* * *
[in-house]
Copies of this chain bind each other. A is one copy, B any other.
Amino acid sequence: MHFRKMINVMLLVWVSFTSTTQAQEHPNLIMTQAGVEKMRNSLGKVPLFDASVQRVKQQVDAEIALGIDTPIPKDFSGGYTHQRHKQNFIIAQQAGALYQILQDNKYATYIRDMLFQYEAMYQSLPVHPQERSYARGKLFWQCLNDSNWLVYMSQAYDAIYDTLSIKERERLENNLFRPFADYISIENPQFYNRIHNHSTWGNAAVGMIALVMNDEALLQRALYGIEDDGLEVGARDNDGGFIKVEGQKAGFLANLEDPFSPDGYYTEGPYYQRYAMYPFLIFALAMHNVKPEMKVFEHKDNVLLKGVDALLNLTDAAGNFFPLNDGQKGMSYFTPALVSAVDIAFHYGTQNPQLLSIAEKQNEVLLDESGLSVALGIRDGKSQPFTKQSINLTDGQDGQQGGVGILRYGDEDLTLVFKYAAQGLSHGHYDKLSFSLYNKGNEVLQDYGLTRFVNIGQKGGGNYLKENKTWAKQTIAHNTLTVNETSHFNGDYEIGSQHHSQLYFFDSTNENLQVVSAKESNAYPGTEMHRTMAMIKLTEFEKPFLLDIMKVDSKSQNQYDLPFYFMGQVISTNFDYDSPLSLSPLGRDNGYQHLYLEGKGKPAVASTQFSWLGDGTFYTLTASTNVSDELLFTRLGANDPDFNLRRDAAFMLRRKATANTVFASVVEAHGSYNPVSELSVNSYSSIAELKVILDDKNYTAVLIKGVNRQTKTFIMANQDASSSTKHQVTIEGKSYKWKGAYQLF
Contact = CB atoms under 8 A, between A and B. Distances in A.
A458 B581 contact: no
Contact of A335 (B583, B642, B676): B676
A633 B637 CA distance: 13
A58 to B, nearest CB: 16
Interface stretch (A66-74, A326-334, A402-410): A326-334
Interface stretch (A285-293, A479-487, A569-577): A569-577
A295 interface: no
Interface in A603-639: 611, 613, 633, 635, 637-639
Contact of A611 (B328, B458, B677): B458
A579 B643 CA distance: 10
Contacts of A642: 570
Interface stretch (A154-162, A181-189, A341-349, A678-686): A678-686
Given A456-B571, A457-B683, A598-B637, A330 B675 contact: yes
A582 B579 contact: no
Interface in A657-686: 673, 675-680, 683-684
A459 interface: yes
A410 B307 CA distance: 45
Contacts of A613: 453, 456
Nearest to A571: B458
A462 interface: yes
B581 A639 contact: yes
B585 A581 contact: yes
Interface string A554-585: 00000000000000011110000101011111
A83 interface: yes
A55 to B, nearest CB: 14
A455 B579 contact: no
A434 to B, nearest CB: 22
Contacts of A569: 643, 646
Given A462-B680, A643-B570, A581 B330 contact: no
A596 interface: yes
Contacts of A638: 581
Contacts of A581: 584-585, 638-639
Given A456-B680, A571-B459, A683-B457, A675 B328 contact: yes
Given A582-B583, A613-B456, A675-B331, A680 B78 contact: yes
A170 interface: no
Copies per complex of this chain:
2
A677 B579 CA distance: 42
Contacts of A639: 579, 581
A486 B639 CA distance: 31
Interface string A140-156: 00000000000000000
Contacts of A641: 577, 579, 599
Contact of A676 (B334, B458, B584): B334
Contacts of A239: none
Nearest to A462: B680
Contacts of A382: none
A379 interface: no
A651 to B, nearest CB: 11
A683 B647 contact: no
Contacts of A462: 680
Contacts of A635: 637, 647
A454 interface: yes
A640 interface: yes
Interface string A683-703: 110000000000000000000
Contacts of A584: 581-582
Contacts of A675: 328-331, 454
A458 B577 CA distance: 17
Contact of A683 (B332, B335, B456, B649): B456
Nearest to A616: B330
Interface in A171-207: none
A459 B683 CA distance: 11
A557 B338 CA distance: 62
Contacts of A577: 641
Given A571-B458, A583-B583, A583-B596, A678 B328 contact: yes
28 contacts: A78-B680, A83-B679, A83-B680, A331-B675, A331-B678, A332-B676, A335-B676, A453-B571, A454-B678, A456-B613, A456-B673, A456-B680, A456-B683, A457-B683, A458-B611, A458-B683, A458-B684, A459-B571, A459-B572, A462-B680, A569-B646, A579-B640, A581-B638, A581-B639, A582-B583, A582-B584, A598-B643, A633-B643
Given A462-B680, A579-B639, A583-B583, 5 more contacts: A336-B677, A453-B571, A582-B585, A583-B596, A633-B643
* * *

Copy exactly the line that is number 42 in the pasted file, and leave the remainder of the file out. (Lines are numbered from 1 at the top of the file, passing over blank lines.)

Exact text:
A677 B579 CA distance: 42